In the pantheon of classic car movies, you'll find Monte Hellman's 1971 magnum opus (shot partially in Tennessee) somewhere between the purpose-driven fatalism of James William Guercio's Electra Glide in Blue and the serrated abstractions of Cronenberg's Crash. Although the nominal plot involves a race between a 55 Chevy and a 70 GTO down Route 66, that holy ribbon from the days before interstates spanned the nation, the movies not about the destination: its characters live just to keep on Moving something that gives Hellmans enigmatic but majestic film the existential undertow of a shark documentary. Stars James Taylor and Dennis Wilson, as musicians, understand the importance of image and letting sound speak for itself; this allows Warren Oates, in one of the best roles in a blazing career, to steal the show as an aging dragster with a yen for cross-country adventure. Hellman has a gift for Cinemascope: the anamorphic frame suits the roads, the nation, the cars, and that inchoate masculine wanderlust that sends men out and through whatever comes forward to meet them. That makes the film simply unmissable on the big screen, especially for an ending that so freaked out distributors that they simply chopped it away. But art, like a finely calibrated manual transmission, endures.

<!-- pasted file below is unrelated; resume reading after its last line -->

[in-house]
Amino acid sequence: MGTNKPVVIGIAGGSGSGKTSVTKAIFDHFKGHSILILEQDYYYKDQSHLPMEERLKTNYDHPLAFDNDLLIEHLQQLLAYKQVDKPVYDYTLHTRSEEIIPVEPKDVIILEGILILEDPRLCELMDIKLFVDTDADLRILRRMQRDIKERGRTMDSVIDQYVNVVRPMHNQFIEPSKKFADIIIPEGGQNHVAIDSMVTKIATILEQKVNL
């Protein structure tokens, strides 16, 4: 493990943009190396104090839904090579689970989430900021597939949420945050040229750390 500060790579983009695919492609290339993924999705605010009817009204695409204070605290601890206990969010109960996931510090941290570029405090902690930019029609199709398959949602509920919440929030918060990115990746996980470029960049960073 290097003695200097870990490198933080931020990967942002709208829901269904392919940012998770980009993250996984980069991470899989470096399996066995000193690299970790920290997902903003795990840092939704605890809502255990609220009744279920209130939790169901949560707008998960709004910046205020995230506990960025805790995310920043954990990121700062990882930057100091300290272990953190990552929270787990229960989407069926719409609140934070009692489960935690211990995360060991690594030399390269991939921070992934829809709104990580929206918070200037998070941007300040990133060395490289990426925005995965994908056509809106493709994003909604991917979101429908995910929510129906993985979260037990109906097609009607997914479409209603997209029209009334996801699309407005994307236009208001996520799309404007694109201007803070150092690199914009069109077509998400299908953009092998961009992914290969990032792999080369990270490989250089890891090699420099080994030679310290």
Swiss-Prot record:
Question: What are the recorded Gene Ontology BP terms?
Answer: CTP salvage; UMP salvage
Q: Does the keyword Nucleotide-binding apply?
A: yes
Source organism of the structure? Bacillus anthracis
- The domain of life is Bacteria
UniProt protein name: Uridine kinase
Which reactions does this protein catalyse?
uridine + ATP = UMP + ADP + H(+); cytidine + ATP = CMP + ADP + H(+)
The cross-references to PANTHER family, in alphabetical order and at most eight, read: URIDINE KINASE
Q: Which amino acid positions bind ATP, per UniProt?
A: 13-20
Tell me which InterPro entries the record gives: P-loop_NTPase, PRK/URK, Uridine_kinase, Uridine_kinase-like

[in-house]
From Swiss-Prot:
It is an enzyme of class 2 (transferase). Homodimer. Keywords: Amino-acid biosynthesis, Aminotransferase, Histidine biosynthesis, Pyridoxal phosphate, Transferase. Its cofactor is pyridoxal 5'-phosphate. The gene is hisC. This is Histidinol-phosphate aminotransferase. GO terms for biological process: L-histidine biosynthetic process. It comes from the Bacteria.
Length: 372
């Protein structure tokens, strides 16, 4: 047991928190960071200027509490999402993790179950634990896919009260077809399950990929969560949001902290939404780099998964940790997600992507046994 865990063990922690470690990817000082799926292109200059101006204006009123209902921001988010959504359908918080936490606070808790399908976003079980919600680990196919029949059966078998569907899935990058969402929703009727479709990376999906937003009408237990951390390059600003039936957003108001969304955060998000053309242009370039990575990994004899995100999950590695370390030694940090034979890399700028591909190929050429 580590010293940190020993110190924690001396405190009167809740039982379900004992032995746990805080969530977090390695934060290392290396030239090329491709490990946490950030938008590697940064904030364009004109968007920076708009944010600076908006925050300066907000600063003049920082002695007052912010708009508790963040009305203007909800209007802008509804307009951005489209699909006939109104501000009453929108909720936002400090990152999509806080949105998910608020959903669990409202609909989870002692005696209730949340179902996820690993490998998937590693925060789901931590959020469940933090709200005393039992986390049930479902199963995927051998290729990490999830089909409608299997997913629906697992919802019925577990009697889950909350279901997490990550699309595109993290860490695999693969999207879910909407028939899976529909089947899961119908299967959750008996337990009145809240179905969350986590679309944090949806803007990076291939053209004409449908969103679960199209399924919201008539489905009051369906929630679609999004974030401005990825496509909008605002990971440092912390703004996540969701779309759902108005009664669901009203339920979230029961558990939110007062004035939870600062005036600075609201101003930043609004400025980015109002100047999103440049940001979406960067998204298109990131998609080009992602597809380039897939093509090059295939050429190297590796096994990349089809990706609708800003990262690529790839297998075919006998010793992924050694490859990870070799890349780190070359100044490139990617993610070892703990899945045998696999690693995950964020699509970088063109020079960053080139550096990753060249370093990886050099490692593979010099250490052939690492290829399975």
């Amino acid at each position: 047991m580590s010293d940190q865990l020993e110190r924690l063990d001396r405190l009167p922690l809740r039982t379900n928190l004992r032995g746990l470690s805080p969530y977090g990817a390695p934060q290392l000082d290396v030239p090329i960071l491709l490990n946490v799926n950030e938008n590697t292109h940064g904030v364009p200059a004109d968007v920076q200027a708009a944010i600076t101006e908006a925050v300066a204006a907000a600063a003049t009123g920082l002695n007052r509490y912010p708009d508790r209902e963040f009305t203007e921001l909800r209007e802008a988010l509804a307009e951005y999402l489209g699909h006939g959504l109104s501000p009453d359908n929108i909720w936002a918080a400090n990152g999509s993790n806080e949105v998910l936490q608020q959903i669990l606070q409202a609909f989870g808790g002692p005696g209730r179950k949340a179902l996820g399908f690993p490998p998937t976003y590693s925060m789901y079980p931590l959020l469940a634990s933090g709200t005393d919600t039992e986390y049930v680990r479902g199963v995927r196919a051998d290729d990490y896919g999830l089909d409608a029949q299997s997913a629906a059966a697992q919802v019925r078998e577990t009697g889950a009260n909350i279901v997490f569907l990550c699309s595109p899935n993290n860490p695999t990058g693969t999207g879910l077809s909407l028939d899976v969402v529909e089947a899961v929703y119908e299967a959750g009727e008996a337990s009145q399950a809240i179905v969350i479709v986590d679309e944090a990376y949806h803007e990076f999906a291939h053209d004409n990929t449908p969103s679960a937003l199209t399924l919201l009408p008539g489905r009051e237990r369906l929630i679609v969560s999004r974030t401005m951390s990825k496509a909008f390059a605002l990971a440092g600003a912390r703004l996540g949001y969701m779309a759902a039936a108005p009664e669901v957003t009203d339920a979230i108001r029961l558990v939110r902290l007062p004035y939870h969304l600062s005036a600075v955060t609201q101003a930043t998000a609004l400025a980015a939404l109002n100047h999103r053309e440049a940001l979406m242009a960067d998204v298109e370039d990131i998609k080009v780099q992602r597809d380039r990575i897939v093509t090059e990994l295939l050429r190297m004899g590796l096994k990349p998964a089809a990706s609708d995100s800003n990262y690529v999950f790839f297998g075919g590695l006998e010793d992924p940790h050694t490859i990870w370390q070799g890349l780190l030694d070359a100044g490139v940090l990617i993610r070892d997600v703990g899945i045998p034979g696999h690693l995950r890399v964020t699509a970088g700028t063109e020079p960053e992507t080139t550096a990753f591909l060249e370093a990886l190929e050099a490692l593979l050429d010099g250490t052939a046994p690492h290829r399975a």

Sat., March 27; Sun., March 28; Mon., March 29, 2010